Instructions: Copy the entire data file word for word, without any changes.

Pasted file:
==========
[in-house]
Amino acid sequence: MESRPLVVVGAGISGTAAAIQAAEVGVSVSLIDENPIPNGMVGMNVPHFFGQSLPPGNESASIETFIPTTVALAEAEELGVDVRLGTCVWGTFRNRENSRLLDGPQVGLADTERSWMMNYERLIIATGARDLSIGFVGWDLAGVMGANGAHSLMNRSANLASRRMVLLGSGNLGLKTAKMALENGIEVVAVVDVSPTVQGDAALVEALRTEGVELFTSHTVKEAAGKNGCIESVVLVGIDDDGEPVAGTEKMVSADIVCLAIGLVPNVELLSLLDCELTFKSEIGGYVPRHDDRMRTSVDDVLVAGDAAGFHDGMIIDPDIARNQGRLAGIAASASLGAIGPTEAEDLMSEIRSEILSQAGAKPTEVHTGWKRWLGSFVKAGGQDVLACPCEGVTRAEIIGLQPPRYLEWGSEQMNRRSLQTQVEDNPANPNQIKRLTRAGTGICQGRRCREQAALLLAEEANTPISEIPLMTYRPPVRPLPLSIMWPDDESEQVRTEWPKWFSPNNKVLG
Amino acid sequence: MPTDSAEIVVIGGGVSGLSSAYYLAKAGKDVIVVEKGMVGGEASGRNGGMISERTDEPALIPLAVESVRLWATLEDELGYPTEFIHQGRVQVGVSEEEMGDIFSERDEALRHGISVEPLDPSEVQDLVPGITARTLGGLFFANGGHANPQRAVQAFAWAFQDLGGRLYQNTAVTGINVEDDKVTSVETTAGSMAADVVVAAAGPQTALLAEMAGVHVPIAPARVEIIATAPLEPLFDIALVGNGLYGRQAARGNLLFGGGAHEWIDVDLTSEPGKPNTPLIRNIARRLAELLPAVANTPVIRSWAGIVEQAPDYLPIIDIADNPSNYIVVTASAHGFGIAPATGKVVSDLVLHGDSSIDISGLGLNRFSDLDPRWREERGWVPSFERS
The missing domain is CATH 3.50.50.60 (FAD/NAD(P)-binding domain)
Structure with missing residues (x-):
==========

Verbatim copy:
[in-house]
Amino acid sequence: MESRPLVVVGAGISGTAAAIQAAEVGVSVSLIDENPIPNGMVGMNVPHFFGQSLPPGNESASIETFIPTTVALAEAEELGVDVRLGTCVWGTFRNRENSRLLDGPQVGLADTERSWMMNYERLIIATGARDLSIGFVGWDLAGVMGANGAHSLMNRSANLASRRMVLLGSGNLGLKTAKMALENGIEVVAVVDVSPTVQGDAALVEALRTEGVELFTSHTVKEAAGKNGCIESVVLVGIDDDGEPVAGTEKMVSADIVCLAIGLVPNVELLSLLDCELTFKSEIGGYVPRHDDRMRTSVDDVLVAGDAAGFHDGMIIDPDIARNQGRLAGIAASASLGAIGPTEAEDLMSEIRSEILSQAGAKPTEVHTGWKRWLGSFVKAGGQDVLACPCEGVTRAEIIGLQPPRYLEWGSEQMNRRSLQTQVEDNPANPNQIKRLTRAGTGICQGRRCREQAALLLAEEANTPISEIPLMTYRPPVRPLPLSIMWPDDESEQVRTEWPKWFSPNNKVLG
Amino acid sequence: MPTDSAEIVVIGGGVSGLSSAYYLAKAGKDVIVVEKGMVGGEASGRNGGMISERTDEPALIPLAVESVRLWATLEDELGYPTEFIHQGRVQVGVSEEEMGDIFSERDEALRHGISVEPLDPSEVQDLVPGITARTLGGLFFANGGHANPQRAVQAFAWAFQDLGGRLYQNTAVTGINVEDDKVTSVETTAGSMAADVVVAAAGPQTALLAEMAGVHVPIAPARVEIIATAPLEPLFDIALVGNGLYGRQAARGNLLFGGGAHEWIDVDLTSEPGKPNTPLIRNIARRLAELLPAVANTPVIRSWAGIVEQAPDYLPIIDIADNPSNYIVVTASAHGFGIAPATGKVVSDLVLHGDSSIDISGLGLNRFSDLDPRWREERGWVPSFERS
The missing domain is CATH 3.50.50.60 (FAD/NAD(P)-binding domain)
Structure with missing residues (x-):